Alan Garner, Boneland

I struggled with this piece on Alan Garner’s Boneland, and even with the benefits of Mint’s excellent editors I’m not entirely happy with it. In part because so much of what fascinated me about Boneland had to do with where it stands within Garner’s career, something that’s impossible to convey to anyone who has not read the rest of his work. And in part because where Garner is concerned I have, since this is on the internet, Many Feels.

A version of this piece was published in Mint Lounge this weekend.



2010 marked the fiftieth anniversary of Alan Garner’s first novel The Weirdstone of Brisingamen. This and its 1963 sequel The Moon of Gomrath followed the adventures of two siblings, Colin and Susan, and their encounters with the legends around Alderly Edge in Cheshire.  It’s in the atmospheric writing and descriptions of the Edge that most of the power of these books lies. Garner would later experiment with the form of the children’s fantasy novel (most notably in 1965’s Elidor); but in most respects The Weirdstone of Brisingamen and The Moon of Gomrath are ordinary, if high-quality, adventure stories.

One of the ways in which Garner deviates from the usual is in providing no easy resolution. The Moon of Gomrath ends on an uncomfortable note as the Daughters of the Moon whom Susan so desperately wants to join disappear, leaving her alone and desolate. Children’s fantasy rarely deals with the question of return; can it ever really be so easy to come back to ordinary life?

Almost half a century later, Garner has written a sequel to the earlier two novels. Boneland is set in or around the present and focuses on Colin, now an adult and an astronomer, with no memory of his childhood before the age of thirteen. Susan has disappeared; Colin can’t be sure that she ever existed, yet he is haunted by the spectre of his sister. At the beginning of the book he is slowly unravelling, and seeks the help of Meg, a rather unorthodox psychoanalyst.  Interwoven with Colin’s story is that of a prehistoric man whose own arcane rituals (connected to his own search for a particular woman) appear crucial to keep the world going.

What is one to make then, of an oblique, allusive book for adults that is meant to follow two reasonably straightforward books for children; a sequel separated from its predecessors by not just time and audience, but by genre as well? If we understand a sequel to be a continuation of the original story, Boneland functions only partly as one. Even at the end the details of Susan’s disappearance (her name is never mentioned in this book) and of Colin’s loss of memory are tenuous.  Yet through its allusions to the earlier books  –Colin’s fear of crows and fascination with the Pleiades, Meg’s house shrouded in rhododendrons–  it not only draws on their significance to deepen its own, but acts as a sort of meditation upon those books as well.

Garner has hinted that Boneland is likely to be his last book. It’s possible to read this not just as the final volume of a trilogy but as the culmination of his career. References to his earlier works are scattered through this one; including the sacred axe-head and flashes of “blue silver” of Red Shift and the “Who-whoop! Wo-whoop! Wo-o-o-o!” refrain of The Stone Book Quartet.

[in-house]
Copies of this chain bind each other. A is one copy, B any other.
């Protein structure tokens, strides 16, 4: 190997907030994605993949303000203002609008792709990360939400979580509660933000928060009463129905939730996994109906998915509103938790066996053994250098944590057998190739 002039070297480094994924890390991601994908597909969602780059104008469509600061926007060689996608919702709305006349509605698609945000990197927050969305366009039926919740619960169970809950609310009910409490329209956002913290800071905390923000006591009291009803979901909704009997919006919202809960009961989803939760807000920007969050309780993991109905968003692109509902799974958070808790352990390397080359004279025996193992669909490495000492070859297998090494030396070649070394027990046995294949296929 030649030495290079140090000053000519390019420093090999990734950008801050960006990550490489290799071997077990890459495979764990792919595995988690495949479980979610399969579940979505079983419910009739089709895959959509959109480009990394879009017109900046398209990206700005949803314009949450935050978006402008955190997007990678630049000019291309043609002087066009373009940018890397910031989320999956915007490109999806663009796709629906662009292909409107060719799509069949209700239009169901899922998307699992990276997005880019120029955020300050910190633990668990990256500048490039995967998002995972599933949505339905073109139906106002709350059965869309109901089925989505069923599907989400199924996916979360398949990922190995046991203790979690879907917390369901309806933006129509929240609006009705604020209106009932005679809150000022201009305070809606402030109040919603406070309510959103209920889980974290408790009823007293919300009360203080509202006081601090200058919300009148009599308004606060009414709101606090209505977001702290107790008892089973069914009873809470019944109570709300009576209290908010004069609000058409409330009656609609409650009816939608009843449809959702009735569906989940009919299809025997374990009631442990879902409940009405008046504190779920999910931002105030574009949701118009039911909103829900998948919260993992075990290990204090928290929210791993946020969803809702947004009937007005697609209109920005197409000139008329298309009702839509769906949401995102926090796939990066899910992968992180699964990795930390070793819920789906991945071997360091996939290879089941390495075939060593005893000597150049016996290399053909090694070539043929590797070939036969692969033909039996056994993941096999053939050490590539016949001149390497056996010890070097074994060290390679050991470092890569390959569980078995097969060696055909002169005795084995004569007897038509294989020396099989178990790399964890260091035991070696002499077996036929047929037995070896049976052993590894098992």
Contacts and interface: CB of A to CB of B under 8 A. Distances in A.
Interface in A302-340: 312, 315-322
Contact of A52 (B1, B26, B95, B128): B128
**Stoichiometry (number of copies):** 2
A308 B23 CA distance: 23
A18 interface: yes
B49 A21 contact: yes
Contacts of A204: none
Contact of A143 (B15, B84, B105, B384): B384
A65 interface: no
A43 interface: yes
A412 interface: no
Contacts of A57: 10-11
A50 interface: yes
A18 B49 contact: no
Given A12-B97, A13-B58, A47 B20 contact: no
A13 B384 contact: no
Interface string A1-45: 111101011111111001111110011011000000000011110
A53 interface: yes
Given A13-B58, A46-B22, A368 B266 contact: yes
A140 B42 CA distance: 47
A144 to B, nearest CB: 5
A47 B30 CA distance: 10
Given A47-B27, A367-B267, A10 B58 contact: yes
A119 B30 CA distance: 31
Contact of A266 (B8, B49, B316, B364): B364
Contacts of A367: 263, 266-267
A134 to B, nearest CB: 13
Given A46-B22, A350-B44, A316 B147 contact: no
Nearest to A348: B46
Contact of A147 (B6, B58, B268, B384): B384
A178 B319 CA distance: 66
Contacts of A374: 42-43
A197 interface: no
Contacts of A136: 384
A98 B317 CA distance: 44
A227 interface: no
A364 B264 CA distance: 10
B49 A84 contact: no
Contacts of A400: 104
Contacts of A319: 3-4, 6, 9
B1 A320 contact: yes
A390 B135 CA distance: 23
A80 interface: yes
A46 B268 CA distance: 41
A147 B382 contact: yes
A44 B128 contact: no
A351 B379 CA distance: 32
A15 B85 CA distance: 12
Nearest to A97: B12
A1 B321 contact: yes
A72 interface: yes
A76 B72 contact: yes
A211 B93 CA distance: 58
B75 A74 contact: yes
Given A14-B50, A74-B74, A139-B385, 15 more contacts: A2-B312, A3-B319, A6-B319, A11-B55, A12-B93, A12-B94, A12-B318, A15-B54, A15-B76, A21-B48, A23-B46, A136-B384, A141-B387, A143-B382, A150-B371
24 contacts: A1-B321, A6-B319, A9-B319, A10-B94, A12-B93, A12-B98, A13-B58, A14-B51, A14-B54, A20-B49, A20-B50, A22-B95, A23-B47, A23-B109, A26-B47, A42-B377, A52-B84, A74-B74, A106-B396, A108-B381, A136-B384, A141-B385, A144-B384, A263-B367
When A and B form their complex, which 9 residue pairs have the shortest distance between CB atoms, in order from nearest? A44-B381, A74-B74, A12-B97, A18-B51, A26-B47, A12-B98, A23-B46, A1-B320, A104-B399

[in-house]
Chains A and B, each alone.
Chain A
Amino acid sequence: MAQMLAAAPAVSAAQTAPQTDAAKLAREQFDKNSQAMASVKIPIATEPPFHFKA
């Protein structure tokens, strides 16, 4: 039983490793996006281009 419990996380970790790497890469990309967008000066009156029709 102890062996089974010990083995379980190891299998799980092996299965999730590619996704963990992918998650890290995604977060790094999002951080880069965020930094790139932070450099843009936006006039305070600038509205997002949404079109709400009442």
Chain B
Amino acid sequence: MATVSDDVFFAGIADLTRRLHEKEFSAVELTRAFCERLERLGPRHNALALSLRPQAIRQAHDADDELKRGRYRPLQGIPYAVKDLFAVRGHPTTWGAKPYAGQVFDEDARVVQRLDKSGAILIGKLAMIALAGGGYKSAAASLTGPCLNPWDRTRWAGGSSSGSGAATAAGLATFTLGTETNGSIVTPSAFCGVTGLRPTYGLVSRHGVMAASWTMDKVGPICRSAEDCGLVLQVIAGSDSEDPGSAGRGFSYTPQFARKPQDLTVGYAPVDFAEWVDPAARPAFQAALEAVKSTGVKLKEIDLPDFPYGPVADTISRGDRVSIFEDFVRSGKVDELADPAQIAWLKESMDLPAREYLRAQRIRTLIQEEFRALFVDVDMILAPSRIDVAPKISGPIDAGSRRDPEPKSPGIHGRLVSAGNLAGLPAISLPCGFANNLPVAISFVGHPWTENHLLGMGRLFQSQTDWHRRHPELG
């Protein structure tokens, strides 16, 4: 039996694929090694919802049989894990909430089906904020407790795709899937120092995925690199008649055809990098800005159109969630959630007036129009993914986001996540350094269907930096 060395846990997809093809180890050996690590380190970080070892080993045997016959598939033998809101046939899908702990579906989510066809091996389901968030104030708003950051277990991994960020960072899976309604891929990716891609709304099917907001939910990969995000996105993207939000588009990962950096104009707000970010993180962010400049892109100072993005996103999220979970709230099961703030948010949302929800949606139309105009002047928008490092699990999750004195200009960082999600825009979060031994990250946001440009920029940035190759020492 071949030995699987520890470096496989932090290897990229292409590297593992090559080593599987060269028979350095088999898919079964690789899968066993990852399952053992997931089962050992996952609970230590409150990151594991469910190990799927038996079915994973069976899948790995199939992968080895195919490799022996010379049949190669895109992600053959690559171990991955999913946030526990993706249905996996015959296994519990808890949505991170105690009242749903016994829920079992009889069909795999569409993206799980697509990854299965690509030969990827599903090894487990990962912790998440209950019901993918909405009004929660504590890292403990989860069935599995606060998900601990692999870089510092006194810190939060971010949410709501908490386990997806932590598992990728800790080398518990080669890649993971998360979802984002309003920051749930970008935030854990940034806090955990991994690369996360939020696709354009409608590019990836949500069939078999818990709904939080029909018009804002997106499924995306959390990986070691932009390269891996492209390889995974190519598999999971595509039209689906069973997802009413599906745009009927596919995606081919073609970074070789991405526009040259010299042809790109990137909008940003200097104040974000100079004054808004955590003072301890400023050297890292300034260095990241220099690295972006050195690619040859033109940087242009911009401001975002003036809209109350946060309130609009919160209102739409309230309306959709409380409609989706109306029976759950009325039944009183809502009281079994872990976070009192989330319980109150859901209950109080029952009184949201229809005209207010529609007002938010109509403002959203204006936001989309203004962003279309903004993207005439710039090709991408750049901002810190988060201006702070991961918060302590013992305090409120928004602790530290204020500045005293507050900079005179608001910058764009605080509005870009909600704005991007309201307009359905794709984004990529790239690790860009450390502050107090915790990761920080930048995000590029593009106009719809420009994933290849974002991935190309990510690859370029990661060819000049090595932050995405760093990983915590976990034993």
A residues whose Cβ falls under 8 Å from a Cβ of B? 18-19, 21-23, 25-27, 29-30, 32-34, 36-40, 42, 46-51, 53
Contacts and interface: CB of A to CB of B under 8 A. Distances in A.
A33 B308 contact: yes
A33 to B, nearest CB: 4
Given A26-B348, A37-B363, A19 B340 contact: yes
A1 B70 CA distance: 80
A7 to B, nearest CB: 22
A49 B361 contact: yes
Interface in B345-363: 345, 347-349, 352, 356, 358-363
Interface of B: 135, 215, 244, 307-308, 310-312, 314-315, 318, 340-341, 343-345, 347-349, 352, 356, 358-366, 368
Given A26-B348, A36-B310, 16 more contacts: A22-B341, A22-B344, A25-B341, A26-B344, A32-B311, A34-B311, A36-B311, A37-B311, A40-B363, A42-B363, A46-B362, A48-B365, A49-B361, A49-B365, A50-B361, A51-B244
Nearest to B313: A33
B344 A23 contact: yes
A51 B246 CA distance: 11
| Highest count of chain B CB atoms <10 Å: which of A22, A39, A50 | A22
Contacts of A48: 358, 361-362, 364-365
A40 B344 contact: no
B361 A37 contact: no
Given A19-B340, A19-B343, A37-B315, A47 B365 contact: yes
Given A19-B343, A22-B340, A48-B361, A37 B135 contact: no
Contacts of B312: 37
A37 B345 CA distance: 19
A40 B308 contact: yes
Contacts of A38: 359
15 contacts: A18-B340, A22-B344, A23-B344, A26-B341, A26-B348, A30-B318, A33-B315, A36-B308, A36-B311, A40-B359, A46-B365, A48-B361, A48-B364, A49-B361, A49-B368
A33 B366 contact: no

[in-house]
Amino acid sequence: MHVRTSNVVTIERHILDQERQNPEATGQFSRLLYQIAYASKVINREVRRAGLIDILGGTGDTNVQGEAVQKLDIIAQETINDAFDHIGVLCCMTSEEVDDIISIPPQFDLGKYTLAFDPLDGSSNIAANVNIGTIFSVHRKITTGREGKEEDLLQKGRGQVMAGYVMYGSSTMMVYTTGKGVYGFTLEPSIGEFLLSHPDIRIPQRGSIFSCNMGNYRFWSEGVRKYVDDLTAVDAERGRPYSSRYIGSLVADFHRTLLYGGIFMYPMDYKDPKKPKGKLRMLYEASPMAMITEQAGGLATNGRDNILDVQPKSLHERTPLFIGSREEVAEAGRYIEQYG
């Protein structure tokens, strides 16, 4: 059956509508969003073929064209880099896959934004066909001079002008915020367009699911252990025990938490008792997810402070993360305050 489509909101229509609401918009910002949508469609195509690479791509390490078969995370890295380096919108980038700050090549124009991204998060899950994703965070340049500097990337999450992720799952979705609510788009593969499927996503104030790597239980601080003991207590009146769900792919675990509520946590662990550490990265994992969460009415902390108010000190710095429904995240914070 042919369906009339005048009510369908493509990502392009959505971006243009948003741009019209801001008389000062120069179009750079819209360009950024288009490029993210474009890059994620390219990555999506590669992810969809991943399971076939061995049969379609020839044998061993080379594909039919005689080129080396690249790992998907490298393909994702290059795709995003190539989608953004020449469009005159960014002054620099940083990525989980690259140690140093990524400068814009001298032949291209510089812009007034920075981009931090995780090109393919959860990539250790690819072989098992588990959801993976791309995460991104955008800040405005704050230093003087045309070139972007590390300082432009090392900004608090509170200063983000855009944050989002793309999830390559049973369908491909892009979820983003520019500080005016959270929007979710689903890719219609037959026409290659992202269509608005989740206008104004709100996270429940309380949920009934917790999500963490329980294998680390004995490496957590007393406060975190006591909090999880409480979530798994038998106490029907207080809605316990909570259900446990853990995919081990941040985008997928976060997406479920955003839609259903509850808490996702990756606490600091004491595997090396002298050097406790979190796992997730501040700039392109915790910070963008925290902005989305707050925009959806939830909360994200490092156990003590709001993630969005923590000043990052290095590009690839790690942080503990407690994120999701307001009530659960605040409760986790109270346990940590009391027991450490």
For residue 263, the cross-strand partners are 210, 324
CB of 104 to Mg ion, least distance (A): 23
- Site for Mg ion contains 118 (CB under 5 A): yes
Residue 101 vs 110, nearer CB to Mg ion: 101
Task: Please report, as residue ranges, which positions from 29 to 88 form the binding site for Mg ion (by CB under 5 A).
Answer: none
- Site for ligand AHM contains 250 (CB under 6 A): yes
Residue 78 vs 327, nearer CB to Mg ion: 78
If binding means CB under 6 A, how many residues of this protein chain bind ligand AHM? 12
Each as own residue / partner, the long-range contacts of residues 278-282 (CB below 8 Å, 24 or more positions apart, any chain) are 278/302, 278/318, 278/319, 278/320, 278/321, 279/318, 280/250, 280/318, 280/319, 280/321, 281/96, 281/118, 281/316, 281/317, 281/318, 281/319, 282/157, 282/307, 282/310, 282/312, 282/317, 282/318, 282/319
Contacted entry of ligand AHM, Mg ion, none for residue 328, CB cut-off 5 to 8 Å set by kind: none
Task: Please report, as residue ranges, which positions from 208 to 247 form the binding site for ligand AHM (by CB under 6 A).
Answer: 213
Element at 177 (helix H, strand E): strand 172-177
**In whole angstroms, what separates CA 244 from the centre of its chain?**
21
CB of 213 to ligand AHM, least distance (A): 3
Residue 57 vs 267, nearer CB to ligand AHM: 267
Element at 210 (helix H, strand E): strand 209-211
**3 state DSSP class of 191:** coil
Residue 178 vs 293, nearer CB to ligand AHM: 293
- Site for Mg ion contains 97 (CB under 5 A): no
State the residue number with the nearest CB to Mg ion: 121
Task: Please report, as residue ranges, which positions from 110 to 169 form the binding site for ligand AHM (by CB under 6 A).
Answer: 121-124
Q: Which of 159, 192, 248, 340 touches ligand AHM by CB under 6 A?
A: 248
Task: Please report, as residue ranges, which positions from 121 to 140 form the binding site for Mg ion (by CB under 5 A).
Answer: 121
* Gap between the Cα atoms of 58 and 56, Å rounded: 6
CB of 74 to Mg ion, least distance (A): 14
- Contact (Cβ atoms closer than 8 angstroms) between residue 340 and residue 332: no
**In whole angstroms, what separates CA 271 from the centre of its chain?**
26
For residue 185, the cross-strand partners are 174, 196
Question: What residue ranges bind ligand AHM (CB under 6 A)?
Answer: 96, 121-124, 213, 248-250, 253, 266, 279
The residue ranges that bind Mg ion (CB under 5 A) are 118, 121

Over and over in his writing Garner has returned to the history and myths of this part of England. The legend of the sleeping knights under Alderley Edge forms a significant part of his first book.  Red Shift moved in time between Roman and Civil War Britain but in place stayed firmly in Cheshire. The Stone Book Quartet was a collection of interlinked stories spread over four generations of a family, possibly Garner’s own. In Boneland this concern with history is stretched to the geological. Colin, who is something of a savant, is able to give erudite lectures on Permo-Triassic rock even as he refuses to leave the Edge at night because he believes that he must watch it. The mythic and the scientific sit together in uneasy companionship here.

Questions of myth versus science are frequently raised. In a sense this difference between the truth of science and the truth of myth is roughly analogous to the difference between Boneland and its prequels. Colin admits that his mistake all along has been to mix the two, “using the telescope to find a myth, an object to trace a metaphor”, while Meg compares this endeavour to “chasing love with a scalpel”. There’s the suggestion that the truth, whatever it is, may be as a metaphor here and narrative an object, so that we are doomed to frustration. But the book’s cryptic first lines, in which someone is reassuring Colin that it is “just a scratch” also suggest that he has been unconscious in a hospital throughout, and the whole of the narrative is only a metaphor for the processes of his brain. And the book’s use of psychology occasionally serves as a reminder that this is a discipline in which science is arrived at in part through metaphor.

Boneland shows all the lyricism (“He cut the veil of the rock; the hooves clattered the bellowing waters below him in the dark. The lamp brought the moon from the blade, and the blade the bull from the rock. The ice rang”) of which Garner is capable, and is resonant with echoes of his own and other works. It is by parts frustrating, emotionally exhausting and beautiful. And it is a resolution of sorts to Colin and Susan’s story, if not quite the one we might have expected.


2 Comments to “Alan Garner, Boneland

  1. A great review! Exactly what I felt, and a lot more erudite than I could have made it.

Leave a Reply

Your email address will not be published. Required fields are marked *

You may use these HTML tags and attributes: <a href="" title=""> <abbr title=""> <acronym title=""> <b> <blockquote cite=""> <cite> <code> <del datetime=""> <em> <i> <q cite=""> <strike> <strong>